The aforementioned chapter 2 introduces us to Nikas’ early automotive stirrings, in his case having the rather singular experience of spending so many childhood weekends at Briggs Cunningham’s museum that Mr. C took notice of and an interest in him. This chapter also defines the talking points the rest of the book will then examine: how and why the motorized vehicle came about, what its parts do, and how the never-ending development of materiel and technology and also human factors moved automotive evolution in specific directions. If those directions were foreseeable and therefore will be foreseeable, well, dear reader, that is the journey on which the book takes you. (One question that seems inevitable, but is not asked here is: even if the next step in the evolution is discernible now, does it matter? Specifically, will it lessen or enhance your experience of it when it comes to pass?)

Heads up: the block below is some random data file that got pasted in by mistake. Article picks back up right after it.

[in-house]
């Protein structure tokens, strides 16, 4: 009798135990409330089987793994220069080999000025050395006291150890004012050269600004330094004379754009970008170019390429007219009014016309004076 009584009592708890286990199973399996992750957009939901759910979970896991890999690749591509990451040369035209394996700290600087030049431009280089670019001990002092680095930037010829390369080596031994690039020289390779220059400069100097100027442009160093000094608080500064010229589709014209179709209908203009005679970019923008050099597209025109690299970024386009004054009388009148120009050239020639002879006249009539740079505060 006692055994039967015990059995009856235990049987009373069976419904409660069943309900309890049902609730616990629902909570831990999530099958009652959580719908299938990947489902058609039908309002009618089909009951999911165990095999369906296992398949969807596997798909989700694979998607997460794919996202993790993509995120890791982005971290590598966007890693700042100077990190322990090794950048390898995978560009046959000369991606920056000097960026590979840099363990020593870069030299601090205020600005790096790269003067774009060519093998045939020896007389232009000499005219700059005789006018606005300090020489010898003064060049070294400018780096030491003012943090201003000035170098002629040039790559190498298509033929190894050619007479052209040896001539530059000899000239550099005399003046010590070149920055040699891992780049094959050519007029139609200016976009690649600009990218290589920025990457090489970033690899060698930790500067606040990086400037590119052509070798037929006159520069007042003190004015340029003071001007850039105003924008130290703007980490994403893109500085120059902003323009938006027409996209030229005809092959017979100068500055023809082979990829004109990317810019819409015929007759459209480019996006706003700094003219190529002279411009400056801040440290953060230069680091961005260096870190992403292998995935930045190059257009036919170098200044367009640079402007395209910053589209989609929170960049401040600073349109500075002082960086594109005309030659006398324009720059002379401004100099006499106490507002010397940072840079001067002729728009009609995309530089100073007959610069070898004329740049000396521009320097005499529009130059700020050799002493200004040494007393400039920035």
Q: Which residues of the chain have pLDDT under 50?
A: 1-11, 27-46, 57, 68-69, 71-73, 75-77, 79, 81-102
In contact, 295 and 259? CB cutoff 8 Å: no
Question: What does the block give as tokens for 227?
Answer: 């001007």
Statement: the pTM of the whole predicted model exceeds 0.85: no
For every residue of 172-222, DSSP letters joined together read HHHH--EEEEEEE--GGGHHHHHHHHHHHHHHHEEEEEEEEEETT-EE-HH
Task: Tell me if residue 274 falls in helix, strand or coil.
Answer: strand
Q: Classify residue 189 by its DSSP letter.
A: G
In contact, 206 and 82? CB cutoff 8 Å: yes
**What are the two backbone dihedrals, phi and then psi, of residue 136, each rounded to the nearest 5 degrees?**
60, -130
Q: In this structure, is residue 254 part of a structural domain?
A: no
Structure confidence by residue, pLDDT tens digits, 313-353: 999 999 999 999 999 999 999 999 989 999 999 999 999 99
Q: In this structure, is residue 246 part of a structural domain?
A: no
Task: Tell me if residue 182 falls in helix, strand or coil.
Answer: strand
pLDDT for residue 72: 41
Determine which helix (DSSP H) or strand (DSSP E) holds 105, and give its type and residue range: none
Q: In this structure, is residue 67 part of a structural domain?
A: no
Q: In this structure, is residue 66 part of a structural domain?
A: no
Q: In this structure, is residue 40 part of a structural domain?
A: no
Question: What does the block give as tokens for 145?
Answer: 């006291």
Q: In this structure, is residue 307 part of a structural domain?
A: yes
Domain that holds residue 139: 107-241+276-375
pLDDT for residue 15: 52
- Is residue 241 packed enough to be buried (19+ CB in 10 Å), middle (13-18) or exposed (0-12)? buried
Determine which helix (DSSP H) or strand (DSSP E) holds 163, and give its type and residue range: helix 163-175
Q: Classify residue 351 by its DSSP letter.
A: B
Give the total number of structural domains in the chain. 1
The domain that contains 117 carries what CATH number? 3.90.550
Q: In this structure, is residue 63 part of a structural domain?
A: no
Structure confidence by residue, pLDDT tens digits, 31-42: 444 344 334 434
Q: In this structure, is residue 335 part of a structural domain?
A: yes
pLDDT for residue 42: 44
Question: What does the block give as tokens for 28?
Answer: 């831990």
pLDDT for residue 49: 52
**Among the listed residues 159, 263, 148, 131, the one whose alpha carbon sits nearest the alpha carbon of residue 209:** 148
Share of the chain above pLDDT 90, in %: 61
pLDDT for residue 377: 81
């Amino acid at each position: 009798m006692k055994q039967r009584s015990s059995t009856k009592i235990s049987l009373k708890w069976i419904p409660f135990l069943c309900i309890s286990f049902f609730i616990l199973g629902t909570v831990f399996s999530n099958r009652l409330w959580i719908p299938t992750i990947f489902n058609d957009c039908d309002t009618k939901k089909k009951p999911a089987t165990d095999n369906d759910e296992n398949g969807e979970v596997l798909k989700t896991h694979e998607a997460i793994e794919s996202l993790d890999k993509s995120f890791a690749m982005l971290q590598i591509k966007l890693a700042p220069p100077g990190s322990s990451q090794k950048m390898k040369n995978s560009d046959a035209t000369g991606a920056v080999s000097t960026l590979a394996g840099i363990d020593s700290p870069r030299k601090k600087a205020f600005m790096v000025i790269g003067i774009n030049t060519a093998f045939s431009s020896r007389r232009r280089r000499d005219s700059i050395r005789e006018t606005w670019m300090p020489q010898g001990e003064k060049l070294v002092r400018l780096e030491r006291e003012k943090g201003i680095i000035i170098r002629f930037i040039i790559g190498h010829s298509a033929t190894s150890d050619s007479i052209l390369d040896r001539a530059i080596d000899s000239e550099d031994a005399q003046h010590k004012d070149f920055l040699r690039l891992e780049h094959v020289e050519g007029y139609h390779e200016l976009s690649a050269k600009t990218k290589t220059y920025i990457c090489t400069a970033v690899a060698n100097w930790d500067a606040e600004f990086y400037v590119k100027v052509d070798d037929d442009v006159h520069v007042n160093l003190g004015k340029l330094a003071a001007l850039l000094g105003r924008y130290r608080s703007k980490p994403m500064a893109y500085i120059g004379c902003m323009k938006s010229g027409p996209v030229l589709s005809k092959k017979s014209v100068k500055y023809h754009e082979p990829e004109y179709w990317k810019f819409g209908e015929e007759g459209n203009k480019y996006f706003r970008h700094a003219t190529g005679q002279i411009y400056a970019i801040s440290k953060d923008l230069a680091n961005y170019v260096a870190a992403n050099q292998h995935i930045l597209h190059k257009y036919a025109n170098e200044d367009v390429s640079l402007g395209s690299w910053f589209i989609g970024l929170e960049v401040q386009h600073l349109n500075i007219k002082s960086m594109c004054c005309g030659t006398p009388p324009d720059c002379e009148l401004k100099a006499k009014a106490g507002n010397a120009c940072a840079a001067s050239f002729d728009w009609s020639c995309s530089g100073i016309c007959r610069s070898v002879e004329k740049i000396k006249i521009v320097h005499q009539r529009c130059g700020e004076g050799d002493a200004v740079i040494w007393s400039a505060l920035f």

Since this book is all about the deep bench of experts, Furman and Nikas are joined by:
Dennis Campbell (Ford, Chrysler, Calty, ArtCenter College of Design), David Cooper (restorer/historian), Larry Crane (writer), Robert Cumberford (GM, independent designer, writer, ArtCenter), Doug Frasher (Volvo, ArtCenter), Jason Hill (Mercedes, Samsung, Porsche, independent designer, ArtCenter), Leslie Kendall (curator, writer), John Krsteski (Hyundai/Genesis, ArtCenter), Stuart Macey (designer for many brands, ArtCenter), David Marek (Honda/Acura, ArtCenter), Kimberly Marte (environmental design, Honda, Tesla, ArtCenter), Jordan Meadows (Mazda, VW, Chrysler, Ford), Eric Noble (CARLAB), Lowell Paddock (GM, writer, Tinker Hill), Larry Printz (writer/broadcaster), Steward Reed (developer of design tools, Toyota, Chrysler, Steward Reed Design), and Geoff Velazco (GM, BMW, Hyundai, ArtCenter).